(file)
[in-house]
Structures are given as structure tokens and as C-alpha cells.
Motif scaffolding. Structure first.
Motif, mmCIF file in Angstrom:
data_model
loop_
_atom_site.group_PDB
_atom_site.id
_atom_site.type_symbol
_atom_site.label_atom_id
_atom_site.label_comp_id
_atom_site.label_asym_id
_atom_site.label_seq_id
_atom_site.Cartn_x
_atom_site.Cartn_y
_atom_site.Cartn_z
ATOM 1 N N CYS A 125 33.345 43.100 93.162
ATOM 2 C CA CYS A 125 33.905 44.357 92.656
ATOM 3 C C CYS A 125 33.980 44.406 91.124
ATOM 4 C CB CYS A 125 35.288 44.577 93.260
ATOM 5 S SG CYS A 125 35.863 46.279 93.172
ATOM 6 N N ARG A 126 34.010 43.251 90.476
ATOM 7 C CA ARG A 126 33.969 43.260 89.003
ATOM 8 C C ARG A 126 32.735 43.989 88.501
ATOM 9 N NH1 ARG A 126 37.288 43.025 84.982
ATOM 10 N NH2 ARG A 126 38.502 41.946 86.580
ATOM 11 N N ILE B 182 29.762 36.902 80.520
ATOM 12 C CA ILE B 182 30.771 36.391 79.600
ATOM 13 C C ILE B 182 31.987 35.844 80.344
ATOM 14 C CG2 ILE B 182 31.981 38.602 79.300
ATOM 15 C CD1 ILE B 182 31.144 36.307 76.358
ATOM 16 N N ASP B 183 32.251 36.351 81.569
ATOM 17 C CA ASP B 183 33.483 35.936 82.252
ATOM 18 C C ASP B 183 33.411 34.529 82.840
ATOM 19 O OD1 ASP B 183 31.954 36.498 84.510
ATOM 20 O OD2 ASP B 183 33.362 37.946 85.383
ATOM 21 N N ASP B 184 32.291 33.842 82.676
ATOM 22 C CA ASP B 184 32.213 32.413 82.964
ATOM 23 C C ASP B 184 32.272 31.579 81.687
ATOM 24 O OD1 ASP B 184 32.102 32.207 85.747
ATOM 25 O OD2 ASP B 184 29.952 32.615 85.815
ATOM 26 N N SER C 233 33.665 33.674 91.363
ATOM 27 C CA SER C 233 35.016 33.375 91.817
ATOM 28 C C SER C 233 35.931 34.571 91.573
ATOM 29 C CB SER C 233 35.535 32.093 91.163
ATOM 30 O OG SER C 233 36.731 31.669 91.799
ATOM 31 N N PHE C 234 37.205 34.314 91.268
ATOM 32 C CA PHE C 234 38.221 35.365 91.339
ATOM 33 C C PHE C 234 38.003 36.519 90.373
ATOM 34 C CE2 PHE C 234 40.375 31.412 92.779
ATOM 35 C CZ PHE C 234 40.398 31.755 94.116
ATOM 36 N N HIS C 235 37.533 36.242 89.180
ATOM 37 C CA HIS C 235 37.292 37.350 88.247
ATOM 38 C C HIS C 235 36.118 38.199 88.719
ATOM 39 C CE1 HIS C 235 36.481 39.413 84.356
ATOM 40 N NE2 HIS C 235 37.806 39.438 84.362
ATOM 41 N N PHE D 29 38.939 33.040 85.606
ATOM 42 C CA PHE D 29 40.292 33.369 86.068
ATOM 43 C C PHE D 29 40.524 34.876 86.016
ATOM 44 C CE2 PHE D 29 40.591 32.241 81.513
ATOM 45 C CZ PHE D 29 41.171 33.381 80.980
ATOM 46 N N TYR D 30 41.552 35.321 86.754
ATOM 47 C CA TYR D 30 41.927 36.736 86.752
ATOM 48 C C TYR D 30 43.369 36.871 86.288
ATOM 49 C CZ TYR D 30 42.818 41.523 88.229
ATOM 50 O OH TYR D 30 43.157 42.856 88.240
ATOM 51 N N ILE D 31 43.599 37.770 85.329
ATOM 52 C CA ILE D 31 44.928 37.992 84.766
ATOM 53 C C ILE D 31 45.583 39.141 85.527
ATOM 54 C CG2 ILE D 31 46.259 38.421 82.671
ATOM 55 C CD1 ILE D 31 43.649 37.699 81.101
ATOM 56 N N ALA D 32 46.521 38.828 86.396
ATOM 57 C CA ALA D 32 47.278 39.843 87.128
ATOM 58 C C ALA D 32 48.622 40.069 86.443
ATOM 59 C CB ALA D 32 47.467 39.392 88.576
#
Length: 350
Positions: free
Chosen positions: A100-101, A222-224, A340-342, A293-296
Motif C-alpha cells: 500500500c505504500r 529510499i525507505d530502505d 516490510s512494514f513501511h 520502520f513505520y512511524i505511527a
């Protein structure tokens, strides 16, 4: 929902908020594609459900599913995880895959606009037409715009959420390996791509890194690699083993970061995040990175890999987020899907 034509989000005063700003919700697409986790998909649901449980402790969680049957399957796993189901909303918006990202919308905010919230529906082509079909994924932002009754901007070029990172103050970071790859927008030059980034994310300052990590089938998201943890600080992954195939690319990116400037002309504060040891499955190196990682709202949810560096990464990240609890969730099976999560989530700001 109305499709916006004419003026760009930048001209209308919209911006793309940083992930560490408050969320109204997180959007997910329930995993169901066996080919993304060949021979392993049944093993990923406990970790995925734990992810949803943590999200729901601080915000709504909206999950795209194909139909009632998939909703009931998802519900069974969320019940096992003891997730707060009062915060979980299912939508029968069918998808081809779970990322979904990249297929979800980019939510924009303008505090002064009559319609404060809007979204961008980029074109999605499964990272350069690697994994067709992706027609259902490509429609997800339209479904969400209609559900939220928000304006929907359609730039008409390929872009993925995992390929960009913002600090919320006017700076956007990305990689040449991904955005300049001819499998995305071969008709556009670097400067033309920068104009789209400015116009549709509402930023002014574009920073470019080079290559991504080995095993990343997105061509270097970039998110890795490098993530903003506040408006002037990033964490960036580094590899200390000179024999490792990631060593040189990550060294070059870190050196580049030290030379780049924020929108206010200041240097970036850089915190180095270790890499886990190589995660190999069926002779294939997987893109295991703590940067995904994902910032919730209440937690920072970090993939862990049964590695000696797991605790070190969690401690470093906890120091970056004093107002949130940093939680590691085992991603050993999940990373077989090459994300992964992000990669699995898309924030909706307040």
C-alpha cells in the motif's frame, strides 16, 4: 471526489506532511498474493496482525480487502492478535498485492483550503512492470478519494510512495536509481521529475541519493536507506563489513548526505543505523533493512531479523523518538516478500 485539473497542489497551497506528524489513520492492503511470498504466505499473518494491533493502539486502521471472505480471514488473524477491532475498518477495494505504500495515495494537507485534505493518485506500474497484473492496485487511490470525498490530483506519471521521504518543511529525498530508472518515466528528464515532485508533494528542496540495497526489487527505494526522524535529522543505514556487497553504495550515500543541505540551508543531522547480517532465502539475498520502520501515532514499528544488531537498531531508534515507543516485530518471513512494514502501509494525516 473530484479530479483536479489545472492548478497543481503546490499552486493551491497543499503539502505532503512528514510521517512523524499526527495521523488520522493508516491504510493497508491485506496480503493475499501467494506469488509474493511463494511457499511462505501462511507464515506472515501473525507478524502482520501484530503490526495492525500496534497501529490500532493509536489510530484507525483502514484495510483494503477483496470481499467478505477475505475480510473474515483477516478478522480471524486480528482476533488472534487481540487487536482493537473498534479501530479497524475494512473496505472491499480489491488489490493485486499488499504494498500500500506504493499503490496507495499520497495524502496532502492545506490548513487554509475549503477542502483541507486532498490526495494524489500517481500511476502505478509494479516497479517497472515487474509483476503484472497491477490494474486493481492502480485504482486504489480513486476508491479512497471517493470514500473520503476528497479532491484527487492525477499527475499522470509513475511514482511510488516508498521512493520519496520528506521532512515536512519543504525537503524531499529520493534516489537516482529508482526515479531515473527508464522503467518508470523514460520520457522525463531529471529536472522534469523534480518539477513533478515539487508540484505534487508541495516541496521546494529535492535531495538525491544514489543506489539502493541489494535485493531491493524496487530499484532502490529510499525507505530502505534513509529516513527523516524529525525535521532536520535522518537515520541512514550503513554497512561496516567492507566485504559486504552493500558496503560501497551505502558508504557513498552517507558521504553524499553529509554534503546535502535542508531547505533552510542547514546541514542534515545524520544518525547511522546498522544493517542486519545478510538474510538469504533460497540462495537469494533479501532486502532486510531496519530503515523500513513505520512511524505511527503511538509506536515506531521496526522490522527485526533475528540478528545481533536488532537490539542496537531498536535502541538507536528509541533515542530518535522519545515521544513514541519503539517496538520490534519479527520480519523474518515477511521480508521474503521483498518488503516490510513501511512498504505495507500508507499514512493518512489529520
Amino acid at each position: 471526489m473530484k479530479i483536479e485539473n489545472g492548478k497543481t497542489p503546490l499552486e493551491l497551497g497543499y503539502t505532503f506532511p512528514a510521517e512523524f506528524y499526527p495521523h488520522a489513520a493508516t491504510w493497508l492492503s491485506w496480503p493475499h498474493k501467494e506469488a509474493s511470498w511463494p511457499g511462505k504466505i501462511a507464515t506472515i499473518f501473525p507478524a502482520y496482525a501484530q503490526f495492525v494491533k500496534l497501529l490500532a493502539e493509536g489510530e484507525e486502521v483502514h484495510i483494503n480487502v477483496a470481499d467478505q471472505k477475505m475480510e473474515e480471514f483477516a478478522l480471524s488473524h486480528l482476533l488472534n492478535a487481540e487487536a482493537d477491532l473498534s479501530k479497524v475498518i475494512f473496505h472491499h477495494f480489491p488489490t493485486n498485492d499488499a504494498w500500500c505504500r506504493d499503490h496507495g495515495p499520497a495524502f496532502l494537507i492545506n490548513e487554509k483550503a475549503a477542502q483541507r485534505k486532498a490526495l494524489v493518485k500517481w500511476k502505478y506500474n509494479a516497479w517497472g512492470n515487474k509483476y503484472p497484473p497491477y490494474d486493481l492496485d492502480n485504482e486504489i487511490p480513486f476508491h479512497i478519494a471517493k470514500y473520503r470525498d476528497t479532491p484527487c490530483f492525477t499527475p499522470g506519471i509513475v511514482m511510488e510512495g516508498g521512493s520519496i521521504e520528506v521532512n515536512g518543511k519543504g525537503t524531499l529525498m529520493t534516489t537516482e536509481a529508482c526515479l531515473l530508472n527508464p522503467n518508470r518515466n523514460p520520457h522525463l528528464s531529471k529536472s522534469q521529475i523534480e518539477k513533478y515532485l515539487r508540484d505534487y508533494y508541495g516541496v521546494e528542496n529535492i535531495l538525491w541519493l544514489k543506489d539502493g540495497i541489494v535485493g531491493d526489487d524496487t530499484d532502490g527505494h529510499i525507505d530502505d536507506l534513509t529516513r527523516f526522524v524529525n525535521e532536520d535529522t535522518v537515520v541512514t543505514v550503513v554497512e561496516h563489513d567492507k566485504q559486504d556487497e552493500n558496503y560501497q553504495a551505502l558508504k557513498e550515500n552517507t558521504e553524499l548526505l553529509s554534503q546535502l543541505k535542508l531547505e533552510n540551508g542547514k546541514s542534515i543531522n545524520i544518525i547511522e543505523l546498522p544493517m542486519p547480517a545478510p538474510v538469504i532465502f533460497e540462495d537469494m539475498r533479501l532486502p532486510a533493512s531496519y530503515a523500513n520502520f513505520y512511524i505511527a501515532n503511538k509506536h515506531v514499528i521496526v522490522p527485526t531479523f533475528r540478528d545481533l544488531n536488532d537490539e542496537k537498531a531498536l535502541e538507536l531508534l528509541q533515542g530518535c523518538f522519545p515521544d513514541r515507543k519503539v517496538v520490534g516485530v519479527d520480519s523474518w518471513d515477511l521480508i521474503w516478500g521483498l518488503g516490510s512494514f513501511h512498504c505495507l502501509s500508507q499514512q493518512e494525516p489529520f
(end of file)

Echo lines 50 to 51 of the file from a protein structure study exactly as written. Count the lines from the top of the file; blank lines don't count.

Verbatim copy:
ATOM 34 C CE2 PHE C 234 40.375 31.412 92.779
ATOM 35 C CZ PHE C 234 40.398 31.755 94.116